With increased connection involving AD, heart failure, and the impact of aging across the globe, high consideration ought to be centered on the discipline of neurocardiology, an area of expertise that deals with issues of brain and heart. Enhanced comprehension of such concerns might benefit elderly patients through the establishment of effective evidence-based treatment.

Article 3

Sharma, K., & Gulati, M. (2013). Coronary artery disease in women: A 2013 update. Global Heart, 8(2), 105-112.

Coronary artery disease (also referred to as heart disease) is a major cause of death in women and their male counterparts across the globe. The impact of heart disease on women has not been sufficiently addressed attributable to higher occurrences in young men. This establishes that effective treatment of heart disease will greatly benefit both adult women and young men.

Article 4

Viña, J., & Lloret, A. (2010). Why women have more Alzheimer’s disease than men: Gender and mitochondrial toxicity of amyloid-β peptide. Journal of Alzheimer’s Disease, 20(2), 527-533.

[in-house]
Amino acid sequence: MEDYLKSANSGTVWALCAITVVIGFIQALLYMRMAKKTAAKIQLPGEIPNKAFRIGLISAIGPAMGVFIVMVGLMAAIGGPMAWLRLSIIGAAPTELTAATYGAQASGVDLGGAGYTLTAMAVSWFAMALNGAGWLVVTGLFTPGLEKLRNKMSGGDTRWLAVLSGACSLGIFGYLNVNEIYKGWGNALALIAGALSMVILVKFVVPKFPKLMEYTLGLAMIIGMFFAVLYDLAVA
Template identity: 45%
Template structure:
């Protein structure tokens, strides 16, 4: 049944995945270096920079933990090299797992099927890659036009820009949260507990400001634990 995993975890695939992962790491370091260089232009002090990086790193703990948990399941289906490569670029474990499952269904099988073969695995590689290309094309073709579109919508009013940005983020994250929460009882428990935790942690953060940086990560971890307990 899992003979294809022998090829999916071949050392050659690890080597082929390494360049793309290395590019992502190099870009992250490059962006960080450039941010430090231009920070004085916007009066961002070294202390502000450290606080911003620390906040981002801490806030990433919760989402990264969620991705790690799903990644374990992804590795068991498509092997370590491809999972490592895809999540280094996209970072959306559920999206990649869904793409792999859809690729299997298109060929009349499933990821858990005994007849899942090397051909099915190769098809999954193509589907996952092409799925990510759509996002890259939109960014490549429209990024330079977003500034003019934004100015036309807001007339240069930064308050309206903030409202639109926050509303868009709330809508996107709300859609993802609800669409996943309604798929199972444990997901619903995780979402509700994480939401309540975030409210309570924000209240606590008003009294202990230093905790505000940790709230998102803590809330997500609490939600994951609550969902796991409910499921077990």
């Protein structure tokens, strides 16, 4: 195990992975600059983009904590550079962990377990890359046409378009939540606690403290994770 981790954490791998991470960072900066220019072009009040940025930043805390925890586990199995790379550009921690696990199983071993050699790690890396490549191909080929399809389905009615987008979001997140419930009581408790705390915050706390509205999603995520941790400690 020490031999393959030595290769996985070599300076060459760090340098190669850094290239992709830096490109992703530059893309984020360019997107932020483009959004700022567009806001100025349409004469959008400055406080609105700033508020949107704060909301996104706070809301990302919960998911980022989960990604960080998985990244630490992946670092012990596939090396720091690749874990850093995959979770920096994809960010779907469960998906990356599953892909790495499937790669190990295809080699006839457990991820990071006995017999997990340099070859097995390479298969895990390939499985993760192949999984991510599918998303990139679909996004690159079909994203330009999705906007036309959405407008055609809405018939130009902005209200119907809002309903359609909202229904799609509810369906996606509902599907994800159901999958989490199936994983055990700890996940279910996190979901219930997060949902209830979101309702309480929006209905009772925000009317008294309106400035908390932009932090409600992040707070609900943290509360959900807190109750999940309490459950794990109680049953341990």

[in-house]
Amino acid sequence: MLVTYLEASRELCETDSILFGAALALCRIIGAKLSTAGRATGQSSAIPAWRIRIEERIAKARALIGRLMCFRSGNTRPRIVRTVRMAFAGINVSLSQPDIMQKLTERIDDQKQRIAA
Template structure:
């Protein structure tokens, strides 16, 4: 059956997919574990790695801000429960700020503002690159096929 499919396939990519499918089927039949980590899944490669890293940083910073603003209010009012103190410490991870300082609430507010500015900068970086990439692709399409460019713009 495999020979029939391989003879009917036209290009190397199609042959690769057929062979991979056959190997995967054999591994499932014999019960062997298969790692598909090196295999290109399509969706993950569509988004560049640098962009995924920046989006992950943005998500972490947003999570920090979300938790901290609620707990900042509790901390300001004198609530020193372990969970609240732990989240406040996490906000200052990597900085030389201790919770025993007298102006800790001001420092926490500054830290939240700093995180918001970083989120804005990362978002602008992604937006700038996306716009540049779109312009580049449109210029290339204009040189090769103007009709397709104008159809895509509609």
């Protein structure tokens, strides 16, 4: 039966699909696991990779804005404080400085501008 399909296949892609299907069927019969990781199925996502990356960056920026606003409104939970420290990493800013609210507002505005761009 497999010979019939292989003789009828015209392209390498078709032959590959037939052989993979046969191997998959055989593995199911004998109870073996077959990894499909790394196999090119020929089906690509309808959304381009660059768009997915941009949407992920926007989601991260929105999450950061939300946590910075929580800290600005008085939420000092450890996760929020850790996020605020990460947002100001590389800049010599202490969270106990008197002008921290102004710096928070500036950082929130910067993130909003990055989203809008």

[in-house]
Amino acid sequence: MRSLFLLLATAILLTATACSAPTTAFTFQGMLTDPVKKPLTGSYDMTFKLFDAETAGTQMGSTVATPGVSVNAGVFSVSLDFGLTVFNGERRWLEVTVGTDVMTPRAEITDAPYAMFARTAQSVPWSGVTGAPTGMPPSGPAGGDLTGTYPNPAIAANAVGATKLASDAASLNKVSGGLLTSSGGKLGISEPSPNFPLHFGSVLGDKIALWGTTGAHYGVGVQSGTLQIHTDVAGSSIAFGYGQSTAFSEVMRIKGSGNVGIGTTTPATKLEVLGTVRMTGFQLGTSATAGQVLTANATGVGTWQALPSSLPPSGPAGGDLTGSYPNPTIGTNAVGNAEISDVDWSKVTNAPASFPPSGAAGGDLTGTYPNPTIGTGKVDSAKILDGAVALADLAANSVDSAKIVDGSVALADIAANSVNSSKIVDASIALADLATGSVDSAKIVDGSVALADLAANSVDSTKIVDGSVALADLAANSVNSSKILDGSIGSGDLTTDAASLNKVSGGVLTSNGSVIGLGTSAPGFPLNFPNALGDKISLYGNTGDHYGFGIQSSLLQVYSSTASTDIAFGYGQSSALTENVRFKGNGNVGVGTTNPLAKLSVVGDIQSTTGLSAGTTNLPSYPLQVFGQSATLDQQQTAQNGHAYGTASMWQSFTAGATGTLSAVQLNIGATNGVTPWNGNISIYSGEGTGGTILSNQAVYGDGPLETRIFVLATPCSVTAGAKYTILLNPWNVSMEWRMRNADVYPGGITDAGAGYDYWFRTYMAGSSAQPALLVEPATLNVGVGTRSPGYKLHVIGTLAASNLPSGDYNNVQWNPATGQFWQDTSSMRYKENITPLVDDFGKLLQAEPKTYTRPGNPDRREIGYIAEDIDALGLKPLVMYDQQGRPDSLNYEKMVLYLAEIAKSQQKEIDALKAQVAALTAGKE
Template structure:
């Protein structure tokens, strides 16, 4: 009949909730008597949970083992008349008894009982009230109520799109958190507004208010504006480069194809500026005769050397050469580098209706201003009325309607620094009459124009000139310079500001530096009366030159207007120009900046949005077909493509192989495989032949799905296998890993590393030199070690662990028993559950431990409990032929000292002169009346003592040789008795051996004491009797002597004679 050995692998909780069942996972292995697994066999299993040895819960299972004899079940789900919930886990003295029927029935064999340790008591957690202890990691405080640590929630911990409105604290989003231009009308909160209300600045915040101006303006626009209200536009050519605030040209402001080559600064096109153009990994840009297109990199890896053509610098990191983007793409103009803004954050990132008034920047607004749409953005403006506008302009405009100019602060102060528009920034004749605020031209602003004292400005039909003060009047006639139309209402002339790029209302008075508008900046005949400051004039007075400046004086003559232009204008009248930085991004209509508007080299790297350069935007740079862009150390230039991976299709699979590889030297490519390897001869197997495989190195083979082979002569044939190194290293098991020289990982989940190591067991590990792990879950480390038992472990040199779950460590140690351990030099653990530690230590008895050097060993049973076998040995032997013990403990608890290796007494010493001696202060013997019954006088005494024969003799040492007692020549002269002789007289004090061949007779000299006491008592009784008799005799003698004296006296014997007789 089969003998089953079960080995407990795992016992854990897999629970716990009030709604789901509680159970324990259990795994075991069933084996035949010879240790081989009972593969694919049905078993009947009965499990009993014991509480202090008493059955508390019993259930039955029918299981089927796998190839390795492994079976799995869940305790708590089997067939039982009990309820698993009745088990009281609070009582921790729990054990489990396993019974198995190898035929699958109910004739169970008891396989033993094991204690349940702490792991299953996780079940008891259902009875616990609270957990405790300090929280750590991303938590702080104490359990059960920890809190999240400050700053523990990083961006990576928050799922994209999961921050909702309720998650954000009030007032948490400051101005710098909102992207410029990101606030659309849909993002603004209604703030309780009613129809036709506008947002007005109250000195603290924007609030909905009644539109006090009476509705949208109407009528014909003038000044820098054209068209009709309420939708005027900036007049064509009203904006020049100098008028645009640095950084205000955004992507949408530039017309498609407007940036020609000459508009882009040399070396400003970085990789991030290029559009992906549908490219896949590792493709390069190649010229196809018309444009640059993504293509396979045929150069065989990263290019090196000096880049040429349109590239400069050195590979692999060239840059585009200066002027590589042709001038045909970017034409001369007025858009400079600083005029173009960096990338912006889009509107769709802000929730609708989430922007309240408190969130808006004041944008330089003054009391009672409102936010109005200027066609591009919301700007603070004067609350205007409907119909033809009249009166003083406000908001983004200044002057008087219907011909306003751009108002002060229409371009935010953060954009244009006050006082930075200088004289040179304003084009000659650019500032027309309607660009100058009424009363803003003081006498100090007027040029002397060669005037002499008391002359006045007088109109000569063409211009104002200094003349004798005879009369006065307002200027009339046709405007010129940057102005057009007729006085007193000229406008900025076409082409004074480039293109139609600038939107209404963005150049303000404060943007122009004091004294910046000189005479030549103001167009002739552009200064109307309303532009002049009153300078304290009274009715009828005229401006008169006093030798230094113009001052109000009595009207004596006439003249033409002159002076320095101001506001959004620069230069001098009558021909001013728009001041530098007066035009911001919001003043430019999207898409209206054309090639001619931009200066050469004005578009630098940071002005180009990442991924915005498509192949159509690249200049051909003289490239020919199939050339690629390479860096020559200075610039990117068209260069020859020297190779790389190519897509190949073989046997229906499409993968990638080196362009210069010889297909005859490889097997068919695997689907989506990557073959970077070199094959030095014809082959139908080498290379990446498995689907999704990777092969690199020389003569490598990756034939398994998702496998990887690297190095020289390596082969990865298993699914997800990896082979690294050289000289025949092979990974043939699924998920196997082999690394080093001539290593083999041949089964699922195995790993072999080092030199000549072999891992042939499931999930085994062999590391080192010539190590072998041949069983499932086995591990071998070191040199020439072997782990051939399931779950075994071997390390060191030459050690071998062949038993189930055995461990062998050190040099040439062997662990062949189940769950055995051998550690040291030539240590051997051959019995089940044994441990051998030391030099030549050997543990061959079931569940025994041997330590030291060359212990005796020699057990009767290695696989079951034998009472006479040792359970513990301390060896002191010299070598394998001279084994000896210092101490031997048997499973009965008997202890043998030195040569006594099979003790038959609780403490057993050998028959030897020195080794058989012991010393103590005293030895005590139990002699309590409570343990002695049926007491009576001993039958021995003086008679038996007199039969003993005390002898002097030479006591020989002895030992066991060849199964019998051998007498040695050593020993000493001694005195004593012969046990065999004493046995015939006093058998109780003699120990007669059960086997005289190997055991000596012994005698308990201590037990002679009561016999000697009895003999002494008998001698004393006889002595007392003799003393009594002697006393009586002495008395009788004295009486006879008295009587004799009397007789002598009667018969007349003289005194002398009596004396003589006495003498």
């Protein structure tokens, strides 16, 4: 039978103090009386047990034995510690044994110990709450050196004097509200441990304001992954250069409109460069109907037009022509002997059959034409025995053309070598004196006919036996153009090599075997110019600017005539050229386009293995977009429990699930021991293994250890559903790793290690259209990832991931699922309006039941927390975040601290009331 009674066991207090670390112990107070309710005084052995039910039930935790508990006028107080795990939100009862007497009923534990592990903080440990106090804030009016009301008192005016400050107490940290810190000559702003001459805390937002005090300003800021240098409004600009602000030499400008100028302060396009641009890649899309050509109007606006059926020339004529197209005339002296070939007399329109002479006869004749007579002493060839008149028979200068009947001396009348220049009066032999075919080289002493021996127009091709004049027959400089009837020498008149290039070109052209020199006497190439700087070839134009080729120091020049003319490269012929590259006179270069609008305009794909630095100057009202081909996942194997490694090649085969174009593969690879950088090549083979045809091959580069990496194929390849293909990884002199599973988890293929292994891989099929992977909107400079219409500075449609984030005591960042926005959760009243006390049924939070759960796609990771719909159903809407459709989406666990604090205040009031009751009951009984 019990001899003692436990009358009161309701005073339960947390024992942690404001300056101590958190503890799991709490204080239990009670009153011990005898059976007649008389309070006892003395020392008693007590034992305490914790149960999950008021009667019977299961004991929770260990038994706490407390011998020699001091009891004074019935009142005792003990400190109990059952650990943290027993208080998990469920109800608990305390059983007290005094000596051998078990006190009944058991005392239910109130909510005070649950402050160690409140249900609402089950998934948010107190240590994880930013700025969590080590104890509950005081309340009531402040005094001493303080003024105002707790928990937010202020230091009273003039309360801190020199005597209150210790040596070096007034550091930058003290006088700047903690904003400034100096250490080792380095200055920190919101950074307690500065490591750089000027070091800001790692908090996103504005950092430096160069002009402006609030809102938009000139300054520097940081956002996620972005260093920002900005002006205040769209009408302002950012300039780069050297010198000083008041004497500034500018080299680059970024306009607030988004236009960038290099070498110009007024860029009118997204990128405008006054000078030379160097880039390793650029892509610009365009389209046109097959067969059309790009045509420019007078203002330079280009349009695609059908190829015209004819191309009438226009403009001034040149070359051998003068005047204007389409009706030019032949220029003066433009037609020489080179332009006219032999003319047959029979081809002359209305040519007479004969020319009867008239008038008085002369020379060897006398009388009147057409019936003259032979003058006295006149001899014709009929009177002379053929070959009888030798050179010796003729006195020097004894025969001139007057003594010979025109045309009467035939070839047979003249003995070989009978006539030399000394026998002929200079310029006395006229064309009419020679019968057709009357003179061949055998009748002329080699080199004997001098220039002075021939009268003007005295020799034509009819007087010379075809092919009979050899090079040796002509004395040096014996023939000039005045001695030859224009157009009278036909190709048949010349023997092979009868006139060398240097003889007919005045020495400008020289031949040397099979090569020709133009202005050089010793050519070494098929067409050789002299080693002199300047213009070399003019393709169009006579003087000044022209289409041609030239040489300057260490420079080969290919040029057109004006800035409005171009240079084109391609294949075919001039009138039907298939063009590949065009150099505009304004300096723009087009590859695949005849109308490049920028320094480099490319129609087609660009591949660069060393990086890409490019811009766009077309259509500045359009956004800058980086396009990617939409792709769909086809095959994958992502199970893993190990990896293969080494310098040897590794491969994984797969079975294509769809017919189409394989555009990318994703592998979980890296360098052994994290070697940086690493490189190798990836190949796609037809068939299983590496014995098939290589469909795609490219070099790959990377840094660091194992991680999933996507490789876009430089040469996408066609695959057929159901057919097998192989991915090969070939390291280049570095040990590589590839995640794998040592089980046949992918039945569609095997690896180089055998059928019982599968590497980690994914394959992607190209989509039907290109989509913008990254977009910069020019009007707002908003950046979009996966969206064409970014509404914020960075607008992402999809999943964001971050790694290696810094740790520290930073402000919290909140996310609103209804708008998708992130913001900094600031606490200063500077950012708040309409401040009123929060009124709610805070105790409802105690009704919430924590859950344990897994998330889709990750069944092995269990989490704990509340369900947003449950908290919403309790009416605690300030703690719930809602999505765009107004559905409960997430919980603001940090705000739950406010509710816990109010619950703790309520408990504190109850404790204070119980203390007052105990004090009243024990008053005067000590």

The major risk aspects for the development of AD are gender and age where it has been found more frequent in adult women than men, a fact that cannot just be associated with the longer lifespan of females. It has been found that mitochondria from women are more safeguarded against amyloid-β toxicity, lead to less reactive oxygen varieties and discharge less apoptogenic indications when judged against men. To result in a successful finding, more experiments and medical trials are required to establish conditions where estrogenic compounds might be helpful to tackle or treat Alzheimer’s disease.

Article 5

Khundakar, A. A., & Thomas, A. J. (2015). Neuropathology of depression in Alzheimer’s disease: Current knowledge and the potential for new treatments. Journal of Alzheimer’s Disease, 44(1), 27-41.